The population of Russia officially supported the suggested changes in the world’s largest country’s constitution, with almost 78% of those who voted. Half of the circumpolar Arctic, including most of its indigenous peoples, will be governed by a different constitution from now on. Looking at the results of the vote, it is, however, noticeable how certain regions in the Arctic deferred from the general voting pattern.Continue reading “Arctic view on Russia’s changed constitution”
Midsummer, solstice on the 21 June is for many northern peoples and cultures an important holiday. In Finland it’s called Juhannus and a state holiday. In Yakutia, where I am now, it’s called Ysyakh, and considered the Sakha people’s new year day. The 2020 celebrations obviously come in a very different format in comparison to any previous festivities, for a number of reasons including but not limited to the corona virus.Continue reading “Ysyakh 2020 – solstice festival online”
Talking to a friend in Se Yakha, at the shore of the Ob Bay close to the Kara Sea, I realised how far the consequences of the recent Norilsk oil spill could go: the recent New York Times article about the oil spill cite environmentalists and even a Russian minister saying that the consequences of the spill could last for a decade. This is echoed by our friends from the Yamal Peninsula, who might be again among the most vulnerable victims.
The concern is that the spilled oil will eventually end up in the Kara Sea. And if that happens, it will contaminate the water along of the migration route of fish, on which the indigenous population along the shores rely for their subsistence and livelihood.
The warm weather in Siberia seems to have led to an exceptionally early ice-thawing on Siberia’s major rivers. The specific of the river geography here is that all the major rivers flow from south to north, into the Arctic Ocean. This means the ice melts in the south first, and then the water pushes into the existing ice downstream northwards, leading to ice-jams. Sometimes this is visually quite impressive. This year this happens earlier than usual all over the Russian Arctic, read the following info west to east:Continue reading “Record early river-thaw in Siberia”
After recently having celebrated the world’s first Nenets PhD defense, now we can witness another one, in three days time, 14 May 11.15 Norwegian time! Zoya Vylka Ravna shall defend her thesis with the very technical name “The Inter-Generational Transmission of Indigenous Knowledge By Nenets Women: Viewed in the context of the state educational system of Russia.” Surely this is going to be an interesting look by a European Nenets woman who studied trajectories of child upbringing in both the European and the Yamal part of the Nenets tundras. At the end of her popular summary to her thesis, she is very critical about the contemporary boarding school system, arguing that it “undermines the ability of nomadic Nenets communities to maintain their traditional and unique Arctic nomadic culture”.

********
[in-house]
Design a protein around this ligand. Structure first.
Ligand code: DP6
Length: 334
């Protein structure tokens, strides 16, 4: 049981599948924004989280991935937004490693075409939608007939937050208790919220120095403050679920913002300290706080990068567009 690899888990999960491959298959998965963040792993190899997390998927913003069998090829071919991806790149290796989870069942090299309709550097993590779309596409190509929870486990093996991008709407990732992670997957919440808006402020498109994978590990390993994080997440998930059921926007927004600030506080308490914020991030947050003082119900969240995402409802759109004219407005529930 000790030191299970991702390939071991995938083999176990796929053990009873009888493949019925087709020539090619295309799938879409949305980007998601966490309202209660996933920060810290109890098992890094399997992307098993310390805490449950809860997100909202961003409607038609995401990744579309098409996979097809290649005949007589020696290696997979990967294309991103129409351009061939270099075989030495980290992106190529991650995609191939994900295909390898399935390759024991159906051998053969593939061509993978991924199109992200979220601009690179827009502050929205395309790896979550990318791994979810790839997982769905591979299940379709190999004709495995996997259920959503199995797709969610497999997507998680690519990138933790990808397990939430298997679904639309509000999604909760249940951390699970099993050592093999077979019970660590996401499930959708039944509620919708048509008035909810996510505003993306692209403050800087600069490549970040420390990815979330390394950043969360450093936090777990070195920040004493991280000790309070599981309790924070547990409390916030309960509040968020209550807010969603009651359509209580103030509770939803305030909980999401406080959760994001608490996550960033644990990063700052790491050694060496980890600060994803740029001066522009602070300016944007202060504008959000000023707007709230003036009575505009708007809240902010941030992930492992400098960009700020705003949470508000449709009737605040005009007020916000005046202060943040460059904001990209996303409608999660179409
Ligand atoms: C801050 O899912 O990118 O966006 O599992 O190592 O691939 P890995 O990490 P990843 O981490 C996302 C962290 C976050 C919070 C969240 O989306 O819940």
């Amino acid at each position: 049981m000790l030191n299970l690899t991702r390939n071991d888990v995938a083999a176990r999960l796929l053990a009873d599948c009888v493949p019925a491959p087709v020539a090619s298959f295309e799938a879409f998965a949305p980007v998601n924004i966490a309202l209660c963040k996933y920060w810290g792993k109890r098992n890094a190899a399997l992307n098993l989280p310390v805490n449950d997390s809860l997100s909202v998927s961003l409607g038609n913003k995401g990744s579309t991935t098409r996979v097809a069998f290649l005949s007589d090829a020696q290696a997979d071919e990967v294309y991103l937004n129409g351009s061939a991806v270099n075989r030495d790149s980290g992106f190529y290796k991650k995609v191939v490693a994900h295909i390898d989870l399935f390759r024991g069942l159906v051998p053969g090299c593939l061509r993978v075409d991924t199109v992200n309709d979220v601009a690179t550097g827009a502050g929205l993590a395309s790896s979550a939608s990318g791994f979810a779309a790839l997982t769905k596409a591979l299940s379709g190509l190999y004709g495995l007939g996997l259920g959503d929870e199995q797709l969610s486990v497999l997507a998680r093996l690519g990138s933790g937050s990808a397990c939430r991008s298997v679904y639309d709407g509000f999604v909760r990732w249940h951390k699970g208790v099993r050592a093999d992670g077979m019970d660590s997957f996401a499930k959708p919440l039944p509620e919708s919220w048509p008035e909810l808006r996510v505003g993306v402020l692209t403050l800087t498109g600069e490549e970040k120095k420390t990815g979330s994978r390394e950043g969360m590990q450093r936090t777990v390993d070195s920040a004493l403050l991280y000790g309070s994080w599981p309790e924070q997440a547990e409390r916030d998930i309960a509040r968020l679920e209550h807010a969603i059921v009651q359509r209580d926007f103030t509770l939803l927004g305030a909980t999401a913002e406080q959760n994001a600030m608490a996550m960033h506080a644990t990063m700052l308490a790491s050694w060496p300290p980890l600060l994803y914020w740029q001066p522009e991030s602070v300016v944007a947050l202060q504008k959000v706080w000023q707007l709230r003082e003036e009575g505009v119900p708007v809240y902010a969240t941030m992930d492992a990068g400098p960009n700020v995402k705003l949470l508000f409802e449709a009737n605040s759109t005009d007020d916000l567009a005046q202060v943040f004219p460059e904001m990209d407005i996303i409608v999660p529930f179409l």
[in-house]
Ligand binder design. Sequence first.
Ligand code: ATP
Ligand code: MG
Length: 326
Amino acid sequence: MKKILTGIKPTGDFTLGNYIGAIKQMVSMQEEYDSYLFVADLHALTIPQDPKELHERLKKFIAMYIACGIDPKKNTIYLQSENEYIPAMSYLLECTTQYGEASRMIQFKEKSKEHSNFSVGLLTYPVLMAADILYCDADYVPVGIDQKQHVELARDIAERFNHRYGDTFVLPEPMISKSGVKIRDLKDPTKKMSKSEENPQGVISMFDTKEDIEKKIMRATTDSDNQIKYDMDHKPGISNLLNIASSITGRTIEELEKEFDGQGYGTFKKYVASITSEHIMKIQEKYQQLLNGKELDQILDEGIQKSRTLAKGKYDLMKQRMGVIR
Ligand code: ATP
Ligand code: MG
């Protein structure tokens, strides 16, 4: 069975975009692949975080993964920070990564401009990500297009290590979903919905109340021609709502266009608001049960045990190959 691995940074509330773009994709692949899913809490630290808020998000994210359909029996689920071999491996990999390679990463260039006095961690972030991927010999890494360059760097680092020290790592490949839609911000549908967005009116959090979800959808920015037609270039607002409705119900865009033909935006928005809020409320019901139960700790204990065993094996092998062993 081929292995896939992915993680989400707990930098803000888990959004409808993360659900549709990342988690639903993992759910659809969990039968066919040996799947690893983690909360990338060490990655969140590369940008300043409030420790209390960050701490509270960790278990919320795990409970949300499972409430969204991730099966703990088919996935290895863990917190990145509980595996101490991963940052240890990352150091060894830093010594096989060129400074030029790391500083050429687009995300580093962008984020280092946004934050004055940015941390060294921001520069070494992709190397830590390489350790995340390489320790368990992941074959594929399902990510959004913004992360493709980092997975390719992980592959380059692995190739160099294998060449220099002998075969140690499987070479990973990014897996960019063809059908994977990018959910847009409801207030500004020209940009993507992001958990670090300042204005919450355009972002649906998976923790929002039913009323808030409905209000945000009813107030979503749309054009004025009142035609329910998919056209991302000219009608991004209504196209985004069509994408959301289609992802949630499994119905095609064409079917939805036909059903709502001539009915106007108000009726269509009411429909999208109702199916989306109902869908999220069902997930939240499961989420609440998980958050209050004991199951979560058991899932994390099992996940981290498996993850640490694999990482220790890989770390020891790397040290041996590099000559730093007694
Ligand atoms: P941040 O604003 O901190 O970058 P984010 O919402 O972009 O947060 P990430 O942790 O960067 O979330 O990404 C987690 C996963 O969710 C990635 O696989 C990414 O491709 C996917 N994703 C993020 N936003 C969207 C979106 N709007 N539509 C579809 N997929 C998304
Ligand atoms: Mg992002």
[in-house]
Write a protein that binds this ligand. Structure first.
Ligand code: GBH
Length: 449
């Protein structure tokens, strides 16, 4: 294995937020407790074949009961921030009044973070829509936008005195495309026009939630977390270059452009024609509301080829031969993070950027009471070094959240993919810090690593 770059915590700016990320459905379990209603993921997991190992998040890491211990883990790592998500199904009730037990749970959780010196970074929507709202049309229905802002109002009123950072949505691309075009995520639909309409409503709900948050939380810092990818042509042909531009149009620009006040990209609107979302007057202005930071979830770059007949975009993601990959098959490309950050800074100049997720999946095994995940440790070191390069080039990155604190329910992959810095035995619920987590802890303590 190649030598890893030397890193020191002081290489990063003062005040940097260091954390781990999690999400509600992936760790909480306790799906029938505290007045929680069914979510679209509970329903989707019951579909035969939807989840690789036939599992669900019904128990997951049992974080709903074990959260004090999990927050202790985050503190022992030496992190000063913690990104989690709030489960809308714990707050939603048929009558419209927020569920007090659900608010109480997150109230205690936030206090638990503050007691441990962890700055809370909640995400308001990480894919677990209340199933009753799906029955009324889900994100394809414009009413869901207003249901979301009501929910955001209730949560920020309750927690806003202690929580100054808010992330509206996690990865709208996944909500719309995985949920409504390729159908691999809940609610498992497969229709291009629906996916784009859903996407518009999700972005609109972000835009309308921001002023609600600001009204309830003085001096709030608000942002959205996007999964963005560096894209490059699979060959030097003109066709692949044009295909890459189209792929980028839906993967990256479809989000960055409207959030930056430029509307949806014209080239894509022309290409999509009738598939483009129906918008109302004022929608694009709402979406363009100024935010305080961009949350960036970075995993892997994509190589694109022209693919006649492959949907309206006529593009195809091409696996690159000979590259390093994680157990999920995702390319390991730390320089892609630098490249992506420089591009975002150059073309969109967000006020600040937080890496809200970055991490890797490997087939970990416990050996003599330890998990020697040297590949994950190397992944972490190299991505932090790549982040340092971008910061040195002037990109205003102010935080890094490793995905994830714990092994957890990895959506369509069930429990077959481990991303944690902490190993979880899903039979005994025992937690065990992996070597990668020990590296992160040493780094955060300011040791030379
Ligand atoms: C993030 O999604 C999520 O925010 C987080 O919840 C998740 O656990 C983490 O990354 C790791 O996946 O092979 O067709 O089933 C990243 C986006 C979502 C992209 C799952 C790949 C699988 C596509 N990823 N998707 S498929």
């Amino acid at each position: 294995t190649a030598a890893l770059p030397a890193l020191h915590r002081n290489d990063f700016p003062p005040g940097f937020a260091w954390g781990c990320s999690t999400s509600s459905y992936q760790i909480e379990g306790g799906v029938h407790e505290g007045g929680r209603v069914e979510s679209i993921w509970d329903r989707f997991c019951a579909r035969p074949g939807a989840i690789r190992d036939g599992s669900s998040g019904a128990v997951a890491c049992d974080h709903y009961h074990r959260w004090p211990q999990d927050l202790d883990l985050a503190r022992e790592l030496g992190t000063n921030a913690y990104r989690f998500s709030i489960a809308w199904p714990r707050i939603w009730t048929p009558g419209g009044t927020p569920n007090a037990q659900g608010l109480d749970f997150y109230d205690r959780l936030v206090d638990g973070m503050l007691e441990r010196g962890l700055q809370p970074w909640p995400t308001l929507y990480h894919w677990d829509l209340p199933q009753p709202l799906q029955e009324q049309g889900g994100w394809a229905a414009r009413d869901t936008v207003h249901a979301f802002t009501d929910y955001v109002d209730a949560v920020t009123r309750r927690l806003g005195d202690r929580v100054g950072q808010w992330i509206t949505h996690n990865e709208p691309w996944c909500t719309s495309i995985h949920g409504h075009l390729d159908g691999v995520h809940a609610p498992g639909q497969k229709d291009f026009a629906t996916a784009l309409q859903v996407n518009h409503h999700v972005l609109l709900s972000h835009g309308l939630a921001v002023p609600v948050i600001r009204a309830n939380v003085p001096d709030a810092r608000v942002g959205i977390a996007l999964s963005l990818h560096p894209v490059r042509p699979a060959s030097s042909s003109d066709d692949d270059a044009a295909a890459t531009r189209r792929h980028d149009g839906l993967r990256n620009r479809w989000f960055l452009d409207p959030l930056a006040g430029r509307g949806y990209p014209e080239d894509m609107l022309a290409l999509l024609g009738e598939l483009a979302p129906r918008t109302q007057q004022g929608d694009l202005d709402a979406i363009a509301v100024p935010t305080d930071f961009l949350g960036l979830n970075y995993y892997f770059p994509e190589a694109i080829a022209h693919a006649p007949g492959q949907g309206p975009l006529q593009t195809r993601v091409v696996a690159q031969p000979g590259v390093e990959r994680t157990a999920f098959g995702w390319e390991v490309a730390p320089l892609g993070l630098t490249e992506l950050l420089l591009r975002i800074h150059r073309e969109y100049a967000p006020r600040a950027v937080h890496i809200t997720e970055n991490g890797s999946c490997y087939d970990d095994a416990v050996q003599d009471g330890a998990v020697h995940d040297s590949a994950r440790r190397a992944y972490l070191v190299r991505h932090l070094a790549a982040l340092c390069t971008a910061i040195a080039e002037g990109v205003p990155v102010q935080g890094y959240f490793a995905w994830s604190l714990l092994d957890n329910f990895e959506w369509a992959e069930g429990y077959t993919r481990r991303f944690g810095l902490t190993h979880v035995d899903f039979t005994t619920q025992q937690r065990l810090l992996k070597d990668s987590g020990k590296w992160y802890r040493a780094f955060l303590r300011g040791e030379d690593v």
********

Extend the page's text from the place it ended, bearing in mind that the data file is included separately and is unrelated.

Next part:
Yamal has a legally protected sacred sites inventory: here, Angalskiy Mys
Today in the morning I was just about to brew my breakfast coffee, when my friend Mikhail Okotetto called and told me “we need to go and feed the sacred site here, come along, right now”. I had 5 minutes to grab my stuff and jump to a taxi, and drove out to the land close to Angal’skiy Mys between Salekhard and Labytnangi, where Mikhail and Vasiliy were waiting for me. They were in touch with one of the very few shamans on the Yamal Peninsula, Alexey Okotetto from Synei Sale, who had advised them that it is time to feed the land and pay respect to the spirits, now that we need their protection from diseases more than ever.
Roza Laptander’s public dissertation defense took place online on the 29th of April 2020 at 10 a.m. Finnish time.
“In Christianity, at the beginning was the word – in Nenets, at the beginning was silence” (Andrey Golovnev during Roza’s defense).
How beautifully put by Andrey Golovnev! The director of the Kunstkamera acted as opponent in this first ever western PhD defense by a Nenets scholar. We are proud that our team and the University of Lapland were the host of this long and successful dissertation process. Roza delivered an excellent speech, and the discussion with the opponent was on highest scholarly expert level about the meaning of silence in Nenets cultures and beyond. In his questions Golovnev went into great detail, using his own decades-long expertise in Nenets scholarship.
For example, he explored with Roza how we can interpret the fact that Nenets epic songs such as Yarabtsy” or Sydbabtsy” can start with silence instead of speech. So, as Golovnev masterfully put it: “in christianity, at the beginning was the word – in Nenets, at the beginning was silence”.
A story about my failed attempt of shooting a wild reindeer, and of a successful hunt for petrol
This story is dedicated to my friend Yarkolana (Nikolay) Khorotetto, who was tragically found dead (link in Russian) in the tundra, probably killed just after my birthday in 2019. This story takes us 20 years back, to my journey in spring 2001 with young Yarkolana and Dennis to Ostrov Belyi, White Island in the Arctic Ocean. We were all unexperienced and adventurous, did not know how to honour the spirits on Yamal KheKhe, the most sacred site in the entire region. Almost we were punished for this, but only almost. It’s a story of a steep learning curve, of immediate Soviet heritage, and of the hunger for intellectual food in the tundra.